# How can I make it so that a cell is formatted to the point where whatever number I type in stays the exact way that I typed it

#### popcornrulez

##### New Member
Pretty much I just need to be able to have zeroes in front of numbers without converting the number to text. And also note that the numbers that I am going to be pasting in that cell need to be able to be any size and still be able to keep the zeroes in front of them.

popcornrulez

#### RonB1111

##### Well-known Member
Home - Format - Format Cells - Number tab - Custom - then in the box directly underneath "Type" enter 00000 (or as many 0's as you want displayed) -OK

#### JoeMo

##### MrExcel MVP
Pretty much I just need to be able to have zeroes in front of numbers without converting the number to text. And also note that the numbers that I am going to be pasting in that cell need to be able to be any size and still be able to keep the zeroes in front of them.

popcornrulez
One way is to enter the number with an apostrophe as a prefix: example '009876.
Although the number will look like text (left aligned unless you change the alignment), it can still be used as a number. Example: cell A1 contains '009876. In B1 enter: =SQRT(A1/2) --> returns 70.27 which is the square root of 4938 (9876/2).

#### popcornrulez

##### New Member
One way is to enter the number with an apostrophe as a prefix: example '009876.
Although the number will look like text (left aligned unless you change the alignment), it can still be used as a number. Example: cell A1 contains '009876. In B1 enter: =SQRT(A1/2) --> returns 70.27 which is the square root of 4938 (9876/2).
With this method when I type more than 10 digits with the apostrophe in front of the number it gives me the #NUM! error in the cells that have formulas that include that cell's number.

#### popcornrulez

##### New Member
Home - Format - Format Cells - Number tab - Custom - then in the box directly underneath "Type" enter 00000 (or as many 0's as you want displayed) -OK
This method would normally be fine with me if I was working with small numbers, but on occasion I will be working numbers that are big enough to the point where I don't want to use this method because I would have to count the amount of digits in the big number.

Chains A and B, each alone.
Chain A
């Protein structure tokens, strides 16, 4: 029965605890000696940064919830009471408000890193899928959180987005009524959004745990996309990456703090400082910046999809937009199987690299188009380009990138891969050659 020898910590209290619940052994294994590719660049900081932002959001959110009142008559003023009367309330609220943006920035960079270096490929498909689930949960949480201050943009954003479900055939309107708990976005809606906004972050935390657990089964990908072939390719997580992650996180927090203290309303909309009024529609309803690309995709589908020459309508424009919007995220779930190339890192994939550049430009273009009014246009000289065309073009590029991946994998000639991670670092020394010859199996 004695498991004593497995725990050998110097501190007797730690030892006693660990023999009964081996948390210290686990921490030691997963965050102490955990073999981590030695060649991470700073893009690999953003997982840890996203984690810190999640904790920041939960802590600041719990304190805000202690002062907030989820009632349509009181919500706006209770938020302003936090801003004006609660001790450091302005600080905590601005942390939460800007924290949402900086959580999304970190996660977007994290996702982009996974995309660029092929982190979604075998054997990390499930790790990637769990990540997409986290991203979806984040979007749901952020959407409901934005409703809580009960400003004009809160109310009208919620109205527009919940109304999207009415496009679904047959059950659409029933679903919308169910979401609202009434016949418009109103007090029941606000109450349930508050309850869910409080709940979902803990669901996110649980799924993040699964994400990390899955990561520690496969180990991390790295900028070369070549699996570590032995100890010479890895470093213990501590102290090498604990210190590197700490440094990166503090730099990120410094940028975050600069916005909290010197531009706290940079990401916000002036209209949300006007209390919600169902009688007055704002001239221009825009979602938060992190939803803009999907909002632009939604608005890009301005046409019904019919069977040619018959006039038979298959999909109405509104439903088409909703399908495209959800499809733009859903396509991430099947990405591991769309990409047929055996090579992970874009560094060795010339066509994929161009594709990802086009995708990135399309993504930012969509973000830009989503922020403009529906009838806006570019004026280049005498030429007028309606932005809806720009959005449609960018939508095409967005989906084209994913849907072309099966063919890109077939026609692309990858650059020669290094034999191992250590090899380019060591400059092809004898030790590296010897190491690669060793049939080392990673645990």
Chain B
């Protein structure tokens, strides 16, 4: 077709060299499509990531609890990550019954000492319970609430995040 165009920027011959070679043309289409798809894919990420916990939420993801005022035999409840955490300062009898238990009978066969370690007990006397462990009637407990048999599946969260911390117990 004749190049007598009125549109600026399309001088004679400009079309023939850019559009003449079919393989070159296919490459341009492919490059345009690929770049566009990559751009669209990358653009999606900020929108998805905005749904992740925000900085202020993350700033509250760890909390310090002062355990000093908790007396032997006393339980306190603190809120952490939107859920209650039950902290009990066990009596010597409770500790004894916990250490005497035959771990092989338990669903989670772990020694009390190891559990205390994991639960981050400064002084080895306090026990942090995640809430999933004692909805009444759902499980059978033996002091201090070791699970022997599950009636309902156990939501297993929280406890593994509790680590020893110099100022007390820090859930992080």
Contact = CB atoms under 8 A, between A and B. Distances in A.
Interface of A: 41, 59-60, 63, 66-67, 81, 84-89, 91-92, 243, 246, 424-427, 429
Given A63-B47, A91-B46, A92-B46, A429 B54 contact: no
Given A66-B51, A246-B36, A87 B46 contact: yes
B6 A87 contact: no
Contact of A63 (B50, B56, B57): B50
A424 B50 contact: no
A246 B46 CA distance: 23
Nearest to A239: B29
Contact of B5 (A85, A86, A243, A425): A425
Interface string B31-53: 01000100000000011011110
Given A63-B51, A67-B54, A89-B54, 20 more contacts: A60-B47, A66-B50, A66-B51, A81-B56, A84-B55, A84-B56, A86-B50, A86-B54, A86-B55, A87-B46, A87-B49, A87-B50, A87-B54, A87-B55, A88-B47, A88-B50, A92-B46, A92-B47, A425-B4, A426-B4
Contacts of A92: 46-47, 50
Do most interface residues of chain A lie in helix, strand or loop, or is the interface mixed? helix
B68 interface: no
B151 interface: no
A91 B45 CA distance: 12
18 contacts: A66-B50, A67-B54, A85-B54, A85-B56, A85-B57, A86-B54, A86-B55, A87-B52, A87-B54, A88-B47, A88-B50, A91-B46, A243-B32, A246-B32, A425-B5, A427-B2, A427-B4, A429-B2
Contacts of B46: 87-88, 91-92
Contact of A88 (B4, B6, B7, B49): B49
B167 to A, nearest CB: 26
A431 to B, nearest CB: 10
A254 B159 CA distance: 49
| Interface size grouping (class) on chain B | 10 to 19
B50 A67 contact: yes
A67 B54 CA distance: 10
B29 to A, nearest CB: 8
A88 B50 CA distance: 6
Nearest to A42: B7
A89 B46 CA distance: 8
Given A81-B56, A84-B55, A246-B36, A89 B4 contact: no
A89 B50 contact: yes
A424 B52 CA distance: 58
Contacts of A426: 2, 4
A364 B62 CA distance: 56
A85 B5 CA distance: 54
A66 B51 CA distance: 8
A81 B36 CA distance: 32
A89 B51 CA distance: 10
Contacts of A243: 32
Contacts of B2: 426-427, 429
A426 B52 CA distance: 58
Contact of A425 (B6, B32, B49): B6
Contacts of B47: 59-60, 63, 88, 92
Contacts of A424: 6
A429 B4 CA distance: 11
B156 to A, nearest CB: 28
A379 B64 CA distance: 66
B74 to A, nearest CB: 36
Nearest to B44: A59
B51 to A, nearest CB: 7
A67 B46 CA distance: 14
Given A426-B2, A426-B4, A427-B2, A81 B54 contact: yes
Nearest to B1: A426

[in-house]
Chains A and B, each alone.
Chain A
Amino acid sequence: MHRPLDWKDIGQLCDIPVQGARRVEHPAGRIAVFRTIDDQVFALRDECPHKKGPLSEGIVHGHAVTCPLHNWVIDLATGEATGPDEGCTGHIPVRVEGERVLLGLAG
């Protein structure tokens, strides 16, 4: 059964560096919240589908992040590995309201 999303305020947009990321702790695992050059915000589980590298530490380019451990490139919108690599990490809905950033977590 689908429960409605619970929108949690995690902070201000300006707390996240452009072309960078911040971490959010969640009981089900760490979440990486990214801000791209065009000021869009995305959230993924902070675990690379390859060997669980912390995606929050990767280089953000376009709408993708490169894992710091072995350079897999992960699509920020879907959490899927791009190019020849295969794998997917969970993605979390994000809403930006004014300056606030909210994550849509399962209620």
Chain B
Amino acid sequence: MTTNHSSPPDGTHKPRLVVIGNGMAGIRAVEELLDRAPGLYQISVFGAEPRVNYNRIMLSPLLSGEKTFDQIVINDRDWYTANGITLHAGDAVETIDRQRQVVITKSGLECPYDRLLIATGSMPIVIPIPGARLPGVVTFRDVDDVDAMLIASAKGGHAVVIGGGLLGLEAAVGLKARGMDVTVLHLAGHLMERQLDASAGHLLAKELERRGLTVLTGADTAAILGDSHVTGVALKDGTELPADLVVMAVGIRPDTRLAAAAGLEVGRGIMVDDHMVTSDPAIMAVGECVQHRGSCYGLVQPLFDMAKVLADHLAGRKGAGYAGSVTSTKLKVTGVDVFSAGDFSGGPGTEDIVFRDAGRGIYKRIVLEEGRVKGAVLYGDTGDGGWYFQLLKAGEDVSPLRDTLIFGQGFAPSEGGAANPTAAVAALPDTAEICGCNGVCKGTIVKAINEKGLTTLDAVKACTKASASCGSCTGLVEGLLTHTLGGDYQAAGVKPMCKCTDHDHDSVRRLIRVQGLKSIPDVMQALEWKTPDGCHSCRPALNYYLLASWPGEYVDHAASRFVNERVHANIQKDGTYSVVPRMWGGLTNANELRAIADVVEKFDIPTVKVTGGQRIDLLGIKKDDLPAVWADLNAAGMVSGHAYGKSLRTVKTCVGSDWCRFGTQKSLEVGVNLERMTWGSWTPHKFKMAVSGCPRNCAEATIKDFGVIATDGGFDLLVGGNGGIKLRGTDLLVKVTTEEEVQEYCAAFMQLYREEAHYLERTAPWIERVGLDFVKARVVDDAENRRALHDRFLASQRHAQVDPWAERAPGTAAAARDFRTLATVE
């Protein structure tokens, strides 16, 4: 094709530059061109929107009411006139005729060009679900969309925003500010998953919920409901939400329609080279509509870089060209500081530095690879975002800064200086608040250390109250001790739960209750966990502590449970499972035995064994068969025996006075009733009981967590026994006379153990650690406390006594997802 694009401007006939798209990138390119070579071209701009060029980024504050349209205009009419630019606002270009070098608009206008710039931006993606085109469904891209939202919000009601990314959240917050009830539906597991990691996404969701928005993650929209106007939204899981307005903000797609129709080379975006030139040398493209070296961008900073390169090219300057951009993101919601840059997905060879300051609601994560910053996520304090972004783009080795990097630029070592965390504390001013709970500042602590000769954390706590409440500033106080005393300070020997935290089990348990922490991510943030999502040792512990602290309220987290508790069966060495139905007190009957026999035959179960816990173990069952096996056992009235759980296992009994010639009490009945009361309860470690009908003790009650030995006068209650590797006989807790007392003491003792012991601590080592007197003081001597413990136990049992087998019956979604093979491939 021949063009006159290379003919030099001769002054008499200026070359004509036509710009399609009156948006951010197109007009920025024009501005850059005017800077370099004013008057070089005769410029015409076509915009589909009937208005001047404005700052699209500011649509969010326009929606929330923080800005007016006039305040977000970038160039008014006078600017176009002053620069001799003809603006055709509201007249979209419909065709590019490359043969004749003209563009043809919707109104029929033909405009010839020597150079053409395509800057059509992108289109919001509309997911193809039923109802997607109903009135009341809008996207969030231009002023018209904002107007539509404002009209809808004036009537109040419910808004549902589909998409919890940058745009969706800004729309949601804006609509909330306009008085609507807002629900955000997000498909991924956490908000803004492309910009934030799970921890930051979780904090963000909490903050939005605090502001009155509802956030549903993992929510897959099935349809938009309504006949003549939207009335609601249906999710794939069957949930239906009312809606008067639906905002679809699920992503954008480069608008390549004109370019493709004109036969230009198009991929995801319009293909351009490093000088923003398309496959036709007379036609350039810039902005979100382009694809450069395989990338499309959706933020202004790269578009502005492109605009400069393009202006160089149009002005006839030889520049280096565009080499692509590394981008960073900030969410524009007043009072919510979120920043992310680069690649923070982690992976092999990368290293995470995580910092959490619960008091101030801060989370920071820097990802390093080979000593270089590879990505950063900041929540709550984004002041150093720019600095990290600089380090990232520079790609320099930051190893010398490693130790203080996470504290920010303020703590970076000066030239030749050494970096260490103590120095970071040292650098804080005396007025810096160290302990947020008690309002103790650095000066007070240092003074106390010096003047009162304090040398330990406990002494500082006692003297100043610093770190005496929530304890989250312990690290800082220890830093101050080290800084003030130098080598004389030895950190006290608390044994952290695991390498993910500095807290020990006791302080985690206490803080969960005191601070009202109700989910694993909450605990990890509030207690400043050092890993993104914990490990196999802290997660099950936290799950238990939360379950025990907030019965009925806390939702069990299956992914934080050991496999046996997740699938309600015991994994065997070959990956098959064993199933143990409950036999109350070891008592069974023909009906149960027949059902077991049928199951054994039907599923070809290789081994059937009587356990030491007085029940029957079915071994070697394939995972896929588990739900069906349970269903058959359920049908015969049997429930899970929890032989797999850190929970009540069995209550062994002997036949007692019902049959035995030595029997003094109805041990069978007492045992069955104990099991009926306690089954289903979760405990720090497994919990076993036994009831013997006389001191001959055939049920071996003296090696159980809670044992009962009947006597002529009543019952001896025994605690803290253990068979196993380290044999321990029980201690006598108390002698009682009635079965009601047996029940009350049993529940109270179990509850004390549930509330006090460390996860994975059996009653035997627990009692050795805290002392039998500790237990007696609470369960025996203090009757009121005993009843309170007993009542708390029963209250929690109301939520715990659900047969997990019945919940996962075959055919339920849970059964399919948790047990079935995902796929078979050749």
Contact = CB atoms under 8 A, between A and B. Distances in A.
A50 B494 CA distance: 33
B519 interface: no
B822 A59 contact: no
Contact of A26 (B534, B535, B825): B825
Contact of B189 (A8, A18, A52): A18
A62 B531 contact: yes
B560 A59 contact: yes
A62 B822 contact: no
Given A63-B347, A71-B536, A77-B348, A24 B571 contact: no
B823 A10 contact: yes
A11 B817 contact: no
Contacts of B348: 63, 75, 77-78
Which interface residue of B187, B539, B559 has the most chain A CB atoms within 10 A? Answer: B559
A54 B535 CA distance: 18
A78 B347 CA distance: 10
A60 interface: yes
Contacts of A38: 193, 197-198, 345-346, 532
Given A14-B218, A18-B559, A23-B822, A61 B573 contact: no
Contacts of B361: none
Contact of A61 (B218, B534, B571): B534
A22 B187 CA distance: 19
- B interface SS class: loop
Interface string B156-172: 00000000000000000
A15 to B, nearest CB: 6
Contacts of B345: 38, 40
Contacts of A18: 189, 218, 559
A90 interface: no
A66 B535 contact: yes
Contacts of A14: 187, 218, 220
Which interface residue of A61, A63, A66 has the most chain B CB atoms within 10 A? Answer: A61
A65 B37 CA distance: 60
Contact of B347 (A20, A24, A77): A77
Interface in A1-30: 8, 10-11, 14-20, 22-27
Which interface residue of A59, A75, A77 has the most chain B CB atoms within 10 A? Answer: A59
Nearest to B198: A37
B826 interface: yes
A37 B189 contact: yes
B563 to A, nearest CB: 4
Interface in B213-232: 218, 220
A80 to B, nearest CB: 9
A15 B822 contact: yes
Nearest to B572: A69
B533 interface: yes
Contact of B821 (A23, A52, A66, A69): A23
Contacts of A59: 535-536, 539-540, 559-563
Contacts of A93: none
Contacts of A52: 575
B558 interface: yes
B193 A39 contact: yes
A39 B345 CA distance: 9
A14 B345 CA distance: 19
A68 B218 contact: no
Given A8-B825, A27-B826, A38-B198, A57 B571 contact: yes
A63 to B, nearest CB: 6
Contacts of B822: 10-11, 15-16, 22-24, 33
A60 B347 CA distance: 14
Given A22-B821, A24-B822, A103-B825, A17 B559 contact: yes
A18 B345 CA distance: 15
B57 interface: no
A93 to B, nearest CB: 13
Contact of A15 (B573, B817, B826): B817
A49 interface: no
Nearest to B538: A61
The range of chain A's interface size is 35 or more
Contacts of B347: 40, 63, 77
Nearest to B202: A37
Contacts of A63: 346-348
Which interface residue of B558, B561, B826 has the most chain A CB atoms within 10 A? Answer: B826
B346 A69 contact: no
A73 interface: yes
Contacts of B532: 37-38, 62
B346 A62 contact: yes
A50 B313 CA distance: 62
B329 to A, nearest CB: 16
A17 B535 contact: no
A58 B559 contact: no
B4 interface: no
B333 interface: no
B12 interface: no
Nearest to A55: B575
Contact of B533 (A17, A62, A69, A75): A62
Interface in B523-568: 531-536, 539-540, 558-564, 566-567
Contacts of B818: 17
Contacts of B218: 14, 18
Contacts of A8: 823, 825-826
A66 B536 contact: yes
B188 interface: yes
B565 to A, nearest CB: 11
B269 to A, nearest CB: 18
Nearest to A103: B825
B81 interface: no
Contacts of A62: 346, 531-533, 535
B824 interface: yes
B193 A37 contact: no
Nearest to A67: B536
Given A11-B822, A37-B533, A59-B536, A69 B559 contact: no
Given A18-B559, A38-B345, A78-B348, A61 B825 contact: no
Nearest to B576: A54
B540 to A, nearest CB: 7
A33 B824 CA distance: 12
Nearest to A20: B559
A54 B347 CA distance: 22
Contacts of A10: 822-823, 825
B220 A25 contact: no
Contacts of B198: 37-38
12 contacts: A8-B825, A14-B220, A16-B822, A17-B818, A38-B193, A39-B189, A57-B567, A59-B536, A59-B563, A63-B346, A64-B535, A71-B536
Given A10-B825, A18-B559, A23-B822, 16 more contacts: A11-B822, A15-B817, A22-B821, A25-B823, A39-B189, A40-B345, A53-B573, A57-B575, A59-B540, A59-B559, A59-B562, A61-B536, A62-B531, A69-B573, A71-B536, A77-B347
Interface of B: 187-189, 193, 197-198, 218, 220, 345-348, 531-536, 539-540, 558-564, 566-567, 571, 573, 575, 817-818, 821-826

#### JoeMo

##### MrExcel MVP
This method would normally be fine with me if I was working with small numbers, but on occasion I will be working numbers that are big enough to the point where I don't want to use this method because I would have to count the amount of digits in the big number.
Works ok for me using 15 digits:
Excel Workbook
LMN
3009876543235895
 Sheet5

#### RonB1111

##### Well-known Member
This method would normally be fine with me if I was working with small numbers, but on occasion I will be working numbers that are big enough to the point where I don't want to use this method because I would have to count the amount of digits in the big number.
You only enter the 000000... one time in the Format Cells box. When you enter a number you do not enter the preceding 0's (ie: 000000789 would be entered as 789, and excel would display it in the cell as 000000789.

It might help us if you described the nature of your project, whether the data is being manually entered or from an imported datasource, the nature of formula's your using, and the results you want.

#### popcornrulez

##### New Member
You only enter the 000000... one time in the Format Cells box. When you enter a number you do not enter the preceding 0's (ie: 000000789 would be entered as 789, and excel would display it in the cell as 000000789.

It might help us if you described the nature of your project, whether the data is being manually entered or from an imported datasource, the nature of formula's your using, and the results you want.
My Project involves taking hexadecimal code from files and putting it into a cell. And with some file-types, there will be a bunch of zeroes in front of the hex data.

#### Rick Rothstein

##### MrExcel MVP
With this method when I type more than 10 digits with the apostrophe in front of the number it gives me the #NUM! error in the cells that have formulas that include that cell's number.
My Project involves taking hexadecimal code from files and putting it into a cell. And with some file-types, there will be a bunch of zeroes in front of the hex data.
Can you clarify exactly what you are doing for us... the two text snippets I highlighted in red were taken from two of your posts and appear to conflict with each other.

#### popcornrulez

##### New Member
Right now I'm just in the testing phase, so I'm currently just typing hexadecimal code into the cell. But in the future, I would like to be able to either copy the hex data from a hex editor and then paste it into the cell, or figure out a way to import the hex data directly from the file into the cell. I'm trying to make a spreadsheet that compresses files. Since every file is different, I need a way to have the data that I paste/import into the cell to stay exactly the same as the hex data from the original file.

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